Rainbows, Trails, and Freedom

Updated: Jan 20, 2020

This picture was taken after the toughest part of the trail. There really is a pot of gold at the end of the rainbow.
Rainbow Trail

Have you ever felt actually, completely, free?

That’s the thing about standing on a mountain top, looking at a skyline, staring at the sunset, gazing at the moon, or any kind of view- you’re under the impression that you feel absolutely and astonishingly free. But do you actually feel free? What does being, or feeling free even mean? "I have always thirsted for knowledge, I have always been full of questions."- Herman Hesse, Siddhartha

I went on my first hash-run recently. For those of you who don’t know, no, there’s no actual “hash” involved. But beer, snacks and loads of water are indeed included, that, and a hiking trail with quite a few surprises.

So, let me first explain what exactly a hash is: hashing involves a hare who lays a trail of flour, chalk, sawdust or paper which is followed by a pack of harriers (runners, or in my case, walkers). Once the pack has reached the finish point and are suitably rested it is usual to form a circle. In this circle, hashers are punished for misdemeanours on the run by being given a “down-down” which involves drinking or “downing” a beer in one.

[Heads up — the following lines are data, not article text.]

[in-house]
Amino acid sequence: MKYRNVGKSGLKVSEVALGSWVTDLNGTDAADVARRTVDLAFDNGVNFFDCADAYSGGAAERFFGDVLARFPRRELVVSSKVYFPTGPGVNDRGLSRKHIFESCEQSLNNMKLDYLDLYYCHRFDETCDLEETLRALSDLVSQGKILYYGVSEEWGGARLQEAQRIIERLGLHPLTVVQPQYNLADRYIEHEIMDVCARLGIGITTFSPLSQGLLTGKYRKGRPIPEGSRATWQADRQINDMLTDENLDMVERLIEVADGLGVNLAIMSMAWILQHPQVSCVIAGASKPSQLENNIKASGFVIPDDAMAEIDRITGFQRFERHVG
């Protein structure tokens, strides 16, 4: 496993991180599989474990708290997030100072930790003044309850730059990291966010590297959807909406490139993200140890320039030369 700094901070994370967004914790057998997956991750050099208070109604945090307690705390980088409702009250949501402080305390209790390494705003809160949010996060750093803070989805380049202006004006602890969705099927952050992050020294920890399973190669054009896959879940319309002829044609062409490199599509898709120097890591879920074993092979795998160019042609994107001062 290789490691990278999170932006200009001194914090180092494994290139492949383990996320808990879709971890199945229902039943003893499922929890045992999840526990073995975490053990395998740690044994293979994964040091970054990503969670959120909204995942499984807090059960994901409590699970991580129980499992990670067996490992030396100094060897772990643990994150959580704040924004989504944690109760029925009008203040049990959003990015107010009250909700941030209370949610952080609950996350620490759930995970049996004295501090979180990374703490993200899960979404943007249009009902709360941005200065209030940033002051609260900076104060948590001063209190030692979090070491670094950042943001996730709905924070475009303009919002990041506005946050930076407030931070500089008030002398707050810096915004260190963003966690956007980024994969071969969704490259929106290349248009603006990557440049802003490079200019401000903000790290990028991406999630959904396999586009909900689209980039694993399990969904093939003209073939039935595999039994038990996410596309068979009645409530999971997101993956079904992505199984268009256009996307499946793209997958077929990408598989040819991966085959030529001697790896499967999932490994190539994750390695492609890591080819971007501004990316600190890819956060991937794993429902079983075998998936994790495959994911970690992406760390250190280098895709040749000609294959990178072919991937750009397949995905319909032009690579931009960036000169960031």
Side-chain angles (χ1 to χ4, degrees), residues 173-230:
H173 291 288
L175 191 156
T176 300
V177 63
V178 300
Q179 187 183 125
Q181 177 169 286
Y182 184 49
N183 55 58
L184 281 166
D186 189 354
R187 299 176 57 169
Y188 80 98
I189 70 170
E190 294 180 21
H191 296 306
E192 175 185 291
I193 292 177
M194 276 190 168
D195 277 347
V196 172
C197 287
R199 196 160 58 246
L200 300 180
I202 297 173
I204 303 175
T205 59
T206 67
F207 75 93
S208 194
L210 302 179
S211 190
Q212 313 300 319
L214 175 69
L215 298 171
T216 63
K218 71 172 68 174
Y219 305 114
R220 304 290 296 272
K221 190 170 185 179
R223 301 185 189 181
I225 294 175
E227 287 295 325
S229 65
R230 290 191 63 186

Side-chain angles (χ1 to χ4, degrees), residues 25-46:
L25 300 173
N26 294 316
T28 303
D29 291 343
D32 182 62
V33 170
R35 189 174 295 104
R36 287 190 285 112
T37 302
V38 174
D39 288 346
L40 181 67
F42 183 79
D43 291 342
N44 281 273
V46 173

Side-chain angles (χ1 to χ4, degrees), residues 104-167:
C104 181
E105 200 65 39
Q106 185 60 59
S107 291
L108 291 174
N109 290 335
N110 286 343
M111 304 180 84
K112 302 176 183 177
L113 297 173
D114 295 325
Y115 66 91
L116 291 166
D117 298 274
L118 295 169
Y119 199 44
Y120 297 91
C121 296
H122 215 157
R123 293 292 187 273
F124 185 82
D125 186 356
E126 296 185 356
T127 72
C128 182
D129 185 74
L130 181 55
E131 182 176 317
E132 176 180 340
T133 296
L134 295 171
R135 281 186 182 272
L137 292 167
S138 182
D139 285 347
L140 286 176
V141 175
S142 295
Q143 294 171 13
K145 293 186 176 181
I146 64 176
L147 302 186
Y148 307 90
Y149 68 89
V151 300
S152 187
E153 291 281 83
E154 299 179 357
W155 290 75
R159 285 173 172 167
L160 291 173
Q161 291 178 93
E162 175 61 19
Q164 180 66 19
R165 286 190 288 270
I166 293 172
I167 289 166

So, the hash began, the hares set off, and we set off shortly afterwards. We followed the trail up into the mountains and explored beautiful trails and sights. There was one point in the hash where almost everyone had to slide down on their bums because it was too steep of a drop. Rocks were flying down on other hashers’ heads. It was a laugh. I tried to balance on a log. Turns out the log was old, and dead, so it broke upon touch and a rain of ants came stumbling down on my head. Yeah, it was funny. One of the hashers’ parents came to town to visit, so he brought them along. I still laugh to the memory of hearing him apologise “I’m so sorry mum.” “I’m so sorry.” Ha! The trail also led into a temple of hell. It was unexpectedly scary. We were led through an abandoned school which was astonishing. We met a lot of cute, underfed, gorgeous street-dogs along the way, and of course whilst all of this, I was sweating profusely from the humidity and complaining about it like a teenager. Ha!

Anyway, back to the beautiful scenery.. Somewhere along the trail we were pretty high up on the mountain with a beautiful landscape laid out in front of us. It was too gorgeous to describe in words- as most sceneries are. So, after taking a picture, or a couple to get the “perfect” shot that I’ll filter and edit later anyway, I just stared out in front of me and realised in that moment, even though drenched in sweat, I felt completely comfortable, silent, and awake. I felt, what I, and some others might describe as free. I felt broken off from the world. I didn’t think about work. I didn’t feel pain. I didn’t feel mentally ill. I felt content. I felt at ease. I felt free.